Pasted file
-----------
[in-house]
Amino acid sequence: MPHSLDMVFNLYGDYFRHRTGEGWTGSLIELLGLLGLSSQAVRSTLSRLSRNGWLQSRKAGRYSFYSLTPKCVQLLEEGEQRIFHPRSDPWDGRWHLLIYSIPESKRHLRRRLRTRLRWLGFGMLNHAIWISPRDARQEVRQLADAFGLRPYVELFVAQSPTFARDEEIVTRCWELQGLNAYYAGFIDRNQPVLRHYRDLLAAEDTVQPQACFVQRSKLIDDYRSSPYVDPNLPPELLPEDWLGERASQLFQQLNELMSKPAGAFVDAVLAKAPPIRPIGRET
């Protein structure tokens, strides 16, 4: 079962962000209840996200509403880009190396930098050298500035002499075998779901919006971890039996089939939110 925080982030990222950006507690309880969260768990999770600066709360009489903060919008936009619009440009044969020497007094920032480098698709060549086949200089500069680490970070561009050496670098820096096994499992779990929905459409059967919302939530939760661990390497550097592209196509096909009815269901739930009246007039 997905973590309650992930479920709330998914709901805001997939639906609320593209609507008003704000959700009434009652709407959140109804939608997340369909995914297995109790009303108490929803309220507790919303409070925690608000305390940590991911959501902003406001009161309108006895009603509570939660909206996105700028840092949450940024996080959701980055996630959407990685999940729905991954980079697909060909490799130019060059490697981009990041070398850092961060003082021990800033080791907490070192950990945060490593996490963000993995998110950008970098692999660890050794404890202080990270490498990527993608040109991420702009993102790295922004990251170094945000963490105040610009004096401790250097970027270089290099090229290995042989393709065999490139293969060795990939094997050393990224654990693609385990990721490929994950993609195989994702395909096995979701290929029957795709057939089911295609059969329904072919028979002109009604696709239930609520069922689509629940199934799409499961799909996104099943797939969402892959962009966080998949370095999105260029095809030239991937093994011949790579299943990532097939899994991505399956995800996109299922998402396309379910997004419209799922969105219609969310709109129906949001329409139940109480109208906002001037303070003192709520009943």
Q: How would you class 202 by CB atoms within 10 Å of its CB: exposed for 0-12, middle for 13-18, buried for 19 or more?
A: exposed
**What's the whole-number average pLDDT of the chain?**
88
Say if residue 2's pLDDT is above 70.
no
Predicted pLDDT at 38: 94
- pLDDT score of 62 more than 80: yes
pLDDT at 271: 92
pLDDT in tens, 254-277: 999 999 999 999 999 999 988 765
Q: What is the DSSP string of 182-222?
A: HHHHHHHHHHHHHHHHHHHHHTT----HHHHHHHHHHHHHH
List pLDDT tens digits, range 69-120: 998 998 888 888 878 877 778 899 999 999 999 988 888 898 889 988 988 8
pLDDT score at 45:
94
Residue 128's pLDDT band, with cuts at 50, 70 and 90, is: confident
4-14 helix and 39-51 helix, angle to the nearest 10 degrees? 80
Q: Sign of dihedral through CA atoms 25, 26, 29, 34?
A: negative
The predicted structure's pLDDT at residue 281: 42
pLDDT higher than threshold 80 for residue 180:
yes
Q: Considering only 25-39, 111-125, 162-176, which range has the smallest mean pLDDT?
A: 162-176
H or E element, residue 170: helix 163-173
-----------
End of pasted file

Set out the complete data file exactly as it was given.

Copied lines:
[in-house]
Amino acid sequence: MPHSLDMVFNLYGDYFRHRTGEGWTGSLIELLGLLGLSSQAVRSTLSRLSRNGWLQSRKAGRYSFYSLTPKCVQLLEEGEQRIFHPRSDPWDGRWHLLIYSIPESKRHLRRRLRTRLRWLGFGMLNHAIWISPRDARQEVRQLADAFGLRPYVELFVAQSPTFARDEEIVTRCWELQGLNAYYAGFIDRNQPVLRHYRDLLAAEDTVQPQACFVQRSKLIDDYRSSPYVDPNLPPELLPEDWLGERASQLFQQLNELMSKPAGAFVDAVLAKAPPIRPIGRET
């Protein structure tokens, strides 16, 4: 079962962000209840996200509403880009190396930098050298500035002499075998779901919006971890039996089939939110 925080982030990222950006507690309880969260768990999770600066709360009489903060919008936009619009440009044969020497007094920032480098698709060549086949200089500069680490970070561009050496670098820096096994499992779990929905459409059967919302939530939760661990390497550097592209196509096909009815269901739930009246007039 997905973590309650992930479920709330998914709901805001997939639906609320593209609507008003704000959700009434009652709407959140109804939608997340369909995914297995109790009303108490929803309220507790919303409070925690608000305390940590991911959501902003406001009161309108006895009603509570939660909206996105700028840092949450940024996080959701980055996630959407990685999940729905991954980079697909060909490799130019060059490697981009990041070398850092961060003082021990800033080791907490070192950990945060490593996490963000993995998110950008970098692999660890050794404890202080990270490498990527993608040109991420702009993102790295922004990251170094945000963490105040610009004096401790250097970027270089290099090229290995042989393709065999490139293969060795990939094997050393990224654990693609385990990721490929994950993609195989994702395909096995979701290929029957795709057939089911295609059969329904072919028979002109009604696709239930609520069922689509629940199934799409499961799909996104099943797939969402892959962009966080998949370095999105260029095809030239991937093994011949790579299943990532097939899994991505399956995800996109299922998402396309379910997004419209799922969105219609969310709109129906949001329409139940109480109208906002001037303070003192709520009943």
Q: How would you class 202 by CB atoms within 10 Å of its CB: exposed for 0-12, middle for 13-18, buried for 19 or more?
A: exposed
**What's the whole-number average pLDDT of the chain?**
88
Say if residue 2's pLDDT is above 70.
no
Predicted pLDDT at 38: 94
- pLDDT score of 62 more than 80: yes
pLDDT at 271: 92
pLDDT in tens, 254-277: 999 999 999 999 999 999 988 765
Q: What is the DSSP string of 182-222?
A: HHHHHHHHHHHHHHHHHHHHHTT----HHHHHHHHHHHHHH
List pLDDT tens digits, range 69-120: 998 998 888 888 878 877 778 899 999 999 999 988 888 898 889 988 988 8
pLDDT score at 45:
94
Residue 128's pLDDT band, with cuts at 50, 70 and 90, is: confident
4-14 helix and 39-51 helix, angle to the nearest 10 degrees? 80
Q: Sign of dihedral through CA atoms 25, 26, 29, 34?
A: negative
The predicted structure's pLDDT at residue 281: 42
pLDDT higher than threshold 80 for residue 180:
yes
Q: Considering only 25-39, 111-125, 162-176, which range has the smallest mean pLDDT?
A: 162-176
H or E element, residue 170: helix 163-173